Chapter 1. Alzheimer’s Disease Decoded: Evolution of the Human Olfactory System
Some discoveries are made by chance or intuition, but the majority come from observations. In terms of Alzheimer’s, with its rich symptomatology, one particular clinical observation can suffice for diagnosis and should orient the direction taken by researchers: anosmia. In fact, 95 percent of people suffering from Alzheimer’s disease are affected by the loss of their sense of smell.
No longer being able to smell the odors of nature, of those close to you, or of a perfume, no longer being able to enjoy the flavors of a dish--all these olfactory deficiencies have an undeniably adverse effect on a person’s quality of life. For clinical purposes, loss of the sense of smell comes into play in the very first stages of the disease. However, it can be difficult to evaluate this sensorial deficit because the majority of the tests used require, in addition to sensoreal and perceptual capacities, cognitive abilities and an attention span, all of which tend to become dulled with age, even when no dementia is present.
Many studies have shown that patients with a genetic risk of Alzheimer’s disease or those who have moderate cognitive impairment exhibit significantly greater olfactory alterations than healthy individuals. Conversely, many other studies have shown that people who present with anosmia (complete loss of smell) or hyposmia (reduced sense of smell) are more likely to develop dementia than people who retain their sense of smell.
This specific impairment of the olfactory system in Alzheimer’s disease, as well as its connection with the limbic system and the strong emotional power of olfactory memory, make a powerful argument for directing our attention toward the impact of olfactory disorders in this disease.
When we study phylogenesis, namely the historical evolution of the human species, we learn that our ancestors went through two major epochs: that of the raw, in which the olfactory system dominated, and then, after the discovery of fire, that of the cooked, in which the gustatory system became dominant.
Throughout evolution, every living species, particularly Homo sapiens, created defense systems in response to hostile surroundings. These genetically determined mechanisms are specific to species sharing the same biotope. One adapts to one’s environment and to one’s hostile neighbors in order to survive. Our ancient ancestors used their olfactory system (their sense of smell) as a compass to guide their survival instincts.
First Epoch: The Raw
In the beginning, there was the primitive diet, an “animal” type of diet that was raw and intended to ensure the essentials--namely, survival, reproduction, and adaptation. This raw diet was guided by the olfactory system. As Dr. Félix Affoyon, who has been studying the mechanisms of Alzheimer’s disease, notes:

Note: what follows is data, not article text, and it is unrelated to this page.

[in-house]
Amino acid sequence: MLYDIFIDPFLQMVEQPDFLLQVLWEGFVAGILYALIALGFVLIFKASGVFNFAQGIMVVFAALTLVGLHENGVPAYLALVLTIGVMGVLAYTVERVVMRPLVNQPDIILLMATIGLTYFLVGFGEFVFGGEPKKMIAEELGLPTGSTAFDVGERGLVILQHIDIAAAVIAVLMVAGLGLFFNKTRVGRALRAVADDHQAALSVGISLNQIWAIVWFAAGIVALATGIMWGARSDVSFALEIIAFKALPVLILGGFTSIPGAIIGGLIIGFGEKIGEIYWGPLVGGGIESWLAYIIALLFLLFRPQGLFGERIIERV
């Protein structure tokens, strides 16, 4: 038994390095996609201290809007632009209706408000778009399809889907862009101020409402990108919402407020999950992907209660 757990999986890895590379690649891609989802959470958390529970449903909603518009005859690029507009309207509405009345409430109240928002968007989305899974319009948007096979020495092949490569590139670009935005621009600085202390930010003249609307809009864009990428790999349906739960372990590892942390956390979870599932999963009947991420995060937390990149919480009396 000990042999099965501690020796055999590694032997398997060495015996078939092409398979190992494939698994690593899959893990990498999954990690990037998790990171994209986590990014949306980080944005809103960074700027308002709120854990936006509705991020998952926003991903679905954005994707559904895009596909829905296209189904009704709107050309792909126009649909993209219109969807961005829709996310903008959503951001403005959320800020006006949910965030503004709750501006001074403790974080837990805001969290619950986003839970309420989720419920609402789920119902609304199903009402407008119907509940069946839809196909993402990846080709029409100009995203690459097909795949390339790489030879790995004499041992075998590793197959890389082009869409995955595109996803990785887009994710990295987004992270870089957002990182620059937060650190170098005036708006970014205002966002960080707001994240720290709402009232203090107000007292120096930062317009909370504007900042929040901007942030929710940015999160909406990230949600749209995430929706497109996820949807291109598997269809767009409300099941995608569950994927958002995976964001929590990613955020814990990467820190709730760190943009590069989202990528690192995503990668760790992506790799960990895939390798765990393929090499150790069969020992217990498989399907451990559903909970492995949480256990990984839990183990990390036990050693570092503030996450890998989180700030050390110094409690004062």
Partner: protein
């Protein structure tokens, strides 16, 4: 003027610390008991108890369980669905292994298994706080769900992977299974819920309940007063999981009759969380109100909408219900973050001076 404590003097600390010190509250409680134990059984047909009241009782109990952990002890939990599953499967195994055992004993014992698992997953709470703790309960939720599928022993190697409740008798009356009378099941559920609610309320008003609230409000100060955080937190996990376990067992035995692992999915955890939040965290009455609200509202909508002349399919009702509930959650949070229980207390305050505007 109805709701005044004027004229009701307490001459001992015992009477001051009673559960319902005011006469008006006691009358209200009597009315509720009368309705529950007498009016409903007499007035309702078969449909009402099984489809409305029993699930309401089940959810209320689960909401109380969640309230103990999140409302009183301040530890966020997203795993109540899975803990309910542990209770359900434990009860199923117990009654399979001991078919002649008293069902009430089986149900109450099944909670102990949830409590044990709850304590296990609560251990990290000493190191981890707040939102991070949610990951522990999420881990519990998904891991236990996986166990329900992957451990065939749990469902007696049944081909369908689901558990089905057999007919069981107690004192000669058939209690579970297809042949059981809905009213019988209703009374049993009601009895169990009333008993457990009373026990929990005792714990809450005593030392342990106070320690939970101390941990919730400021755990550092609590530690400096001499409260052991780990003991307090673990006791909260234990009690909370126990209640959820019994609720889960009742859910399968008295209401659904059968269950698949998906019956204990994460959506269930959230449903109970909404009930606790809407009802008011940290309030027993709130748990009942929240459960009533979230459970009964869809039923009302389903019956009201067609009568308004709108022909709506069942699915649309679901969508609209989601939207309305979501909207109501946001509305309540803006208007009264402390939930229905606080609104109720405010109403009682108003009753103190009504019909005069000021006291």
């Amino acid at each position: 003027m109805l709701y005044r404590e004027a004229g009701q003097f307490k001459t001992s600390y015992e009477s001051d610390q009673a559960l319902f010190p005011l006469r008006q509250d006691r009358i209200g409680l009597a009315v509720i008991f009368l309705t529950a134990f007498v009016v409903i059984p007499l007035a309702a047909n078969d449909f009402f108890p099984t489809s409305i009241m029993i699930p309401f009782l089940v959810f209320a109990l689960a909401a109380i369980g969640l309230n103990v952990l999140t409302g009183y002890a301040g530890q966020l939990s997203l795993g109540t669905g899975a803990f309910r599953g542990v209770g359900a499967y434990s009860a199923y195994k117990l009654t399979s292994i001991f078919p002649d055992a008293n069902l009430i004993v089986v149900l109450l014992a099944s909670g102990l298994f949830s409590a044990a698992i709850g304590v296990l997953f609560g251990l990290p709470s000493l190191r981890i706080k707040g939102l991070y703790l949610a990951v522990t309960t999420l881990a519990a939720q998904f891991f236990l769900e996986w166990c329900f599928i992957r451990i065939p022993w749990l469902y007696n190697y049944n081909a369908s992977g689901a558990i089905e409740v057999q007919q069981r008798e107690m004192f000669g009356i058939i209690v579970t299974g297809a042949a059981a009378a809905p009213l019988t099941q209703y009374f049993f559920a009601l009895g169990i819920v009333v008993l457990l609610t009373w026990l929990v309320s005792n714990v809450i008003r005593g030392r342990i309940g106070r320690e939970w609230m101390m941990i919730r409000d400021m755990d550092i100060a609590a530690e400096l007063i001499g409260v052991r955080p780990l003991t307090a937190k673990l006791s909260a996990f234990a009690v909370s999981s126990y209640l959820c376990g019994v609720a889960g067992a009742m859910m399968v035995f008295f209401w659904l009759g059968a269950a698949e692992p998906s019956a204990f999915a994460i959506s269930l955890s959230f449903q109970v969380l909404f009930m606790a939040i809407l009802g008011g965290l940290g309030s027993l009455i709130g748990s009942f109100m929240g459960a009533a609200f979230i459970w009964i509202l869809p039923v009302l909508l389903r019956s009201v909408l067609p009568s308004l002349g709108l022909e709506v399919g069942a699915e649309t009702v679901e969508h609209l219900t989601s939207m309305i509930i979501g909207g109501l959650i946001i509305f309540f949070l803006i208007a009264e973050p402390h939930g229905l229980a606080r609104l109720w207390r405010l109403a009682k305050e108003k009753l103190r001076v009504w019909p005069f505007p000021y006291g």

“It is likely not by chance that, over the course of evolution, the regions of the cerebral cortex that retained a connection with the olfactory system are the phylogenetically speaking ancient systems, such as the hippocampus of the limbic brain, which we know plays a fundamental role in the acquisition of memory, learning, and the emotional aspects of behavior, and the amygdala, which is involved in the emotions and emotional learning. It so happens that these regions are the ones that are affected in Alzheimer’s disease.”
In other words, our ancestors’ sense of smell guided their behavior, cognitive skills, and development.
Second Epoch: The Cooked
With the advent of cooking, humans began to face the intrusion of antigens, substances that our cells recognized as foreign and aggressive. Some paleoanthropologists maintain that this happened 20,000 years ago, in the Neolithic period, when our ancestors transitioned from hunter-gatherers to food producers. Over the course of the millennia and under the repeated assault of the foreign molecules introduced by high-temperature cooking, the olfactory system, which was our primary warning system to the presence of danger, underwent considerable genetic mutations until, slowly but surely, our ancestors’ primitive instinct for survival, reproduction, and adaptation eroded. As Dr. Affoyon notes:
“If, today, human beings are no longer capable of trusting their sense of smell as they once did to avoid toxic foods and foreign molecules, it is because they altered, by chance, the course of things by discovering cooking, the transformation and preservation of foods, which over the course of evolution developed the sense of taste, gradually relegating the sense of smell to a vestigial state.”
Cooking food did some of the same work that our ancestors had previously relied on their sense of smell to do, helping them avoid pathogens (by killing them) and certain toxins (by deactivating them). Unfortunately, it also reduced certain enzymatic processes that our bodies rely on to process raw foods, and it did not necessarily neutralize the full toxic arsenal found in food. Quite the contrary, for our bodies have a second filter: the intestinal immune barrier, in which wait the cells whose purpose is to detect even the smallest antigen and neutralize it. As the human species adapted over time, our increasing reliance on that antigen immune response went hand-in-hand with a decreasing use of the olfactory and limbic systems.
This is how over the course of the millennia a cooked diet (enjoyed no longer by smell but by taste) has produced a gradual decline and involution of the olfactory system and an inhibition of the physiological functions of the sense of smell, the hippocampus, and the limbic system. To restore our olfactory function, and the memory and emotion structures and processes connected to it, it is necessary to reverse direction.
There are two approaches available to us for restoring the olfactory system: returning to a living-food diet and stimulating the olfactory system with essential oils.
RETURNING TO A LIVING-FOOD DIET
Eating raw food is one answer to current dietary shifts, a way of healthy nutrition that reconciles pleasure and health. All the animals alive on this planet, in their natural diet, feed exclusively on raw foods. We humans are the only species that cook our food--and we are among the few that are stricken by degenerative diseases, a fate also suffered by the domestic animals that share our ecosystem.